What about me? Well beyond the carefree days of youth, I find life full of difficult lessons - lessons in patience, in trust, in sacrifice, in contentment, in repentance. Sometimes these lessons are frustrating, sometimes exhausting, sometimes heart-breaking, sometimes very painful. Often I don't understand the purpose of these lessons, as I'm sure Little John won't understand the reason for hard metal in his mouth when he first tastes a bit. But, like Little John, I do have one unshakable assurance: I know that the One who orchestrates the events of my life loves me. I am created for His pleasure, an object of His delight. Revelation 4:13 proclaims, "Thou art worthy, O lord, to receive glory and honor and power: for thou hast created all things, and for thy pleasure they are and were created." Philippians 2:13 tells me, " is God who works in (me), both to will and to work for his good pleasure." Again, in Psalm 147:11, "...the Lord takes pleasure in those who fear him, in those who hope in his steadfast love." I need desperately to remember this truth, especially when faced with difficult, confusing, or painful circumstances.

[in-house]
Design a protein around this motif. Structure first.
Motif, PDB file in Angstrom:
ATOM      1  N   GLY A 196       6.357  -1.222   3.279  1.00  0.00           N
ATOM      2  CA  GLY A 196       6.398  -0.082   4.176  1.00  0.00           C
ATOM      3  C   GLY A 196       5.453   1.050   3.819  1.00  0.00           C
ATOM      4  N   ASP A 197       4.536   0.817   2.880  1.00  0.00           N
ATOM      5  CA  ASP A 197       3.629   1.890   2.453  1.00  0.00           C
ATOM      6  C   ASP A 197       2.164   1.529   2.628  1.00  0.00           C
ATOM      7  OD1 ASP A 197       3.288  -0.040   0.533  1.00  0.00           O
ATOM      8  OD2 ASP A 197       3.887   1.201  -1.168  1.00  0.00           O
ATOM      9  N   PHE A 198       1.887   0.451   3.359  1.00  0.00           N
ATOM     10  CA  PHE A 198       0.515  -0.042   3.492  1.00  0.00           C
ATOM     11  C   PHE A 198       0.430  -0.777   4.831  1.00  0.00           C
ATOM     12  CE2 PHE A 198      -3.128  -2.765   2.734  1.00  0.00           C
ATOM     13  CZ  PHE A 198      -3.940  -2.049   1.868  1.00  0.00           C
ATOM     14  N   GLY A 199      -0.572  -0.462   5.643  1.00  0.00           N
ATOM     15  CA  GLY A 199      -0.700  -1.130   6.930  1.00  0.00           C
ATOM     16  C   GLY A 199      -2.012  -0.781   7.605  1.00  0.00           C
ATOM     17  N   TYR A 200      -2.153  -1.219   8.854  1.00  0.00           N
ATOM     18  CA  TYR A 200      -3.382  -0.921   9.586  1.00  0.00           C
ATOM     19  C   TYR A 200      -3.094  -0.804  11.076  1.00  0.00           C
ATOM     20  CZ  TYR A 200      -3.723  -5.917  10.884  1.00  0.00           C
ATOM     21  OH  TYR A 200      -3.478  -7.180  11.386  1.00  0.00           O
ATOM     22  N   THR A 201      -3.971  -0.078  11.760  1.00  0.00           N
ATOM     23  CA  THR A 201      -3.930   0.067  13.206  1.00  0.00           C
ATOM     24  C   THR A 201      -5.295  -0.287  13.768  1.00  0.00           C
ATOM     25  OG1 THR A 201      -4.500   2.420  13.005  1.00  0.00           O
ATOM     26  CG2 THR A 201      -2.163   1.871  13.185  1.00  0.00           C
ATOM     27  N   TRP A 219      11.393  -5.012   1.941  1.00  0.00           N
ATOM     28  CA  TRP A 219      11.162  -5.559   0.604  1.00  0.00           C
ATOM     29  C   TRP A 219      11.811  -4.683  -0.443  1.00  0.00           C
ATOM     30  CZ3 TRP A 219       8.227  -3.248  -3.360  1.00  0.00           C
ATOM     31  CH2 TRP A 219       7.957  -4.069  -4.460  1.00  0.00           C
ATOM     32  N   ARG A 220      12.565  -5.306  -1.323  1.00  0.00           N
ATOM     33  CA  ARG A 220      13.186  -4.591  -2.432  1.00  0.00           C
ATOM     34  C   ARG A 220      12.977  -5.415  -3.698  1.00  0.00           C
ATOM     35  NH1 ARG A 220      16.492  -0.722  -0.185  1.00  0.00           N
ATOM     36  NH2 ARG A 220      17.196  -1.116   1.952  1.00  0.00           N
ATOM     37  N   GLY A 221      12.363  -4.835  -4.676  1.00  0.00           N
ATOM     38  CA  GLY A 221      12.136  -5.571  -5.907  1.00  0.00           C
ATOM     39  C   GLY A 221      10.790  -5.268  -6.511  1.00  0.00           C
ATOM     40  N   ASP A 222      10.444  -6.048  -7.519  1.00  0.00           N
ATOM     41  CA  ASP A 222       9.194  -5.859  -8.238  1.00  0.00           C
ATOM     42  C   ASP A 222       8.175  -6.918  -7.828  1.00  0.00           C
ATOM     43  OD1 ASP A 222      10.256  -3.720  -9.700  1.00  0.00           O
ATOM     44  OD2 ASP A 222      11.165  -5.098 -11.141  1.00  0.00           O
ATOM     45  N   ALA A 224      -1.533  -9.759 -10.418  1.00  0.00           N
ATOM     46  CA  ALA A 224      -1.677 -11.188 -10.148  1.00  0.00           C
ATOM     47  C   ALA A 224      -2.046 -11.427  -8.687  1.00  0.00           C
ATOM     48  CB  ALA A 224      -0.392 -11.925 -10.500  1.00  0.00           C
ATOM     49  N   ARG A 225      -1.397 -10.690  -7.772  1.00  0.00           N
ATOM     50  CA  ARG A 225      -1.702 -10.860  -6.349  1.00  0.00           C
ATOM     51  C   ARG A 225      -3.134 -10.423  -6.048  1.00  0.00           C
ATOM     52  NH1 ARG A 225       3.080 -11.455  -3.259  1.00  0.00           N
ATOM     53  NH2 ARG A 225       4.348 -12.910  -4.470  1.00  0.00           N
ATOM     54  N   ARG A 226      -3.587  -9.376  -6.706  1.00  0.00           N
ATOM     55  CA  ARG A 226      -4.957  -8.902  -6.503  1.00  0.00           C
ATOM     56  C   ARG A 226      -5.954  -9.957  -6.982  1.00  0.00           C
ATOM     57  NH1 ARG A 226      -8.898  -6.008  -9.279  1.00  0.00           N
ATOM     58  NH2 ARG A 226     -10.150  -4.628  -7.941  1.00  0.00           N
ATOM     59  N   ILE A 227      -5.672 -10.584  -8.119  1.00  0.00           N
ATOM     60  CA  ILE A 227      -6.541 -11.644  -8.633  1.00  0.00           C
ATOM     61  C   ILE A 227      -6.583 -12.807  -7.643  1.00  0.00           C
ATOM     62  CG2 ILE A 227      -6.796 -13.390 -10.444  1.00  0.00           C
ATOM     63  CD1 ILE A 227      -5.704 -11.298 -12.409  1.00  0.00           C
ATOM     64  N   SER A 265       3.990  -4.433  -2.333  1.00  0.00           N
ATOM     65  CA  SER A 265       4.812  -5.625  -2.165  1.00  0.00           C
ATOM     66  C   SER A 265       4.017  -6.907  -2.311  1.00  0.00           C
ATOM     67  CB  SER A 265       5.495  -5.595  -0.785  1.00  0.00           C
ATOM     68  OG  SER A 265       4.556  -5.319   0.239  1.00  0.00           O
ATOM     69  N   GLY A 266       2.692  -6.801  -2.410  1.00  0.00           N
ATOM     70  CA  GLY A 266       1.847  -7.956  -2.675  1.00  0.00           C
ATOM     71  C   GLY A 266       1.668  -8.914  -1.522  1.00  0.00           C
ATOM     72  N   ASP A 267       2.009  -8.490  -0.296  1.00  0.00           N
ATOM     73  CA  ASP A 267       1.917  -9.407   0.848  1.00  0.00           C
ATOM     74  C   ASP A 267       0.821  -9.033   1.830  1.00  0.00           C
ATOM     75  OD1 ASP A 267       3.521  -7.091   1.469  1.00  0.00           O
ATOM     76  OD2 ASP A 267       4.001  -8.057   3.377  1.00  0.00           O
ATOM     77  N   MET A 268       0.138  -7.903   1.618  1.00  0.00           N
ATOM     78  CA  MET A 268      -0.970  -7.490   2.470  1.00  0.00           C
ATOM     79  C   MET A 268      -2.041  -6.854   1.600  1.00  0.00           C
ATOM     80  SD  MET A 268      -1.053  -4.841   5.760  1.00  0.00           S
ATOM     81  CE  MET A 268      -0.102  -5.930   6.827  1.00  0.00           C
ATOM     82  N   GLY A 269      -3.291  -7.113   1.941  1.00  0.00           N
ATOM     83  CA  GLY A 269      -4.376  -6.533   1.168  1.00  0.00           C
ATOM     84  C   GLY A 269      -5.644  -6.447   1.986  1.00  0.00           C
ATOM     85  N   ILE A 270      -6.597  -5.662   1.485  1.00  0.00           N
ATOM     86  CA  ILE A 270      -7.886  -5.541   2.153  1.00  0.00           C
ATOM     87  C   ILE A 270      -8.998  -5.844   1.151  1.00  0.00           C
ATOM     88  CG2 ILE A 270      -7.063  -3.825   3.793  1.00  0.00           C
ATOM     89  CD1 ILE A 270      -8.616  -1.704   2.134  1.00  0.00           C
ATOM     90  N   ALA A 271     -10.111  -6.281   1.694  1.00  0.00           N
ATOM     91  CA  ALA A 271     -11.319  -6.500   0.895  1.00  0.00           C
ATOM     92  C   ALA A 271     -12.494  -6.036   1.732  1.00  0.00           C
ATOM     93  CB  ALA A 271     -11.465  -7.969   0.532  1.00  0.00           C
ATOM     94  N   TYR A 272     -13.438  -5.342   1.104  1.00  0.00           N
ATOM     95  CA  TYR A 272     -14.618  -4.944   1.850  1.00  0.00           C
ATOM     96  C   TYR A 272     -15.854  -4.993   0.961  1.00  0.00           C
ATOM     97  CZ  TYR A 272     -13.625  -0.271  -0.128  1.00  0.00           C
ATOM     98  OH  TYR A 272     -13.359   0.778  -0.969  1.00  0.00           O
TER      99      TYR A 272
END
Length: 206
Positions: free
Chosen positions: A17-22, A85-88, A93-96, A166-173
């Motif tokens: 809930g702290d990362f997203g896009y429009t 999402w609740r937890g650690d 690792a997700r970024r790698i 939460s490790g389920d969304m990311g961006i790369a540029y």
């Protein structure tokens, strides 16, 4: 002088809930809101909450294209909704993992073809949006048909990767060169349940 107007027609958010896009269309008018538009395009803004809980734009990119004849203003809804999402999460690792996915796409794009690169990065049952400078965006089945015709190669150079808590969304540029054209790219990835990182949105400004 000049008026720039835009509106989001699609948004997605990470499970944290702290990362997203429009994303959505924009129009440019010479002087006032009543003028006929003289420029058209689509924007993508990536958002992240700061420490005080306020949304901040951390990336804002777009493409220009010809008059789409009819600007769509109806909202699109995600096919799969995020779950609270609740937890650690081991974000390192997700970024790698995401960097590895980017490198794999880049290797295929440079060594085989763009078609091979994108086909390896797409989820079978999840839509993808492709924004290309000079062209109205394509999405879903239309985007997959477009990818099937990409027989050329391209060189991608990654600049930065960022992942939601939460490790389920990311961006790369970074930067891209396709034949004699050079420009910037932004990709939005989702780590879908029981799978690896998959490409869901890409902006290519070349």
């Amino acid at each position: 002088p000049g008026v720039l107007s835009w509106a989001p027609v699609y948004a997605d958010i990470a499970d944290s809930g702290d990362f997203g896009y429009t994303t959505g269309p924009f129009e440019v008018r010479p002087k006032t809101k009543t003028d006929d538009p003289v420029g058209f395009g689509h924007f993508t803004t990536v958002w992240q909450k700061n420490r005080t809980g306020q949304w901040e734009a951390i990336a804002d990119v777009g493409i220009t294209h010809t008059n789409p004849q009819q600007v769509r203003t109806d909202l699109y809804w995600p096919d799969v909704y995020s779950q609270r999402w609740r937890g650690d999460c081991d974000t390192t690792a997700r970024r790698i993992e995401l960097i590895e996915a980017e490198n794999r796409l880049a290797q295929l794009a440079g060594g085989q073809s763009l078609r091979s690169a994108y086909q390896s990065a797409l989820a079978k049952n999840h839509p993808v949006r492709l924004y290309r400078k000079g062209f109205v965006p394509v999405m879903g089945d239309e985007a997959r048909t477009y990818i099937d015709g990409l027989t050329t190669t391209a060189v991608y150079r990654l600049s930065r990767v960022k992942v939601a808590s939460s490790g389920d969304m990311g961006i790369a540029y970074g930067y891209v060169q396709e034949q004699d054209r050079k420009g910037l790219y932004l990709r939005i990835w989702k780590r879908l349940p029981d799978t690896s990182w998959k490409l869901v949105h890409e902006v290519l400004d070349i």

C.S. Lewis writes in his book The Problem of Pain: "Man is not the center (of things). God does not exist for the sake of man. Man does not exist for his own sake. 'Thou has created all things, and for thy pleasure they are and were created.' (Rev. 4:11) We were made not primarily that we may love God - though we were made for that too - but that God may love us, that we may become objects in which the Divine love may rest 'well pleased.' . . . What we would here and now call our 'happiness' is not the end God chiefly has in view: but when we are such as He can love without impediment, we shall in fact be happy."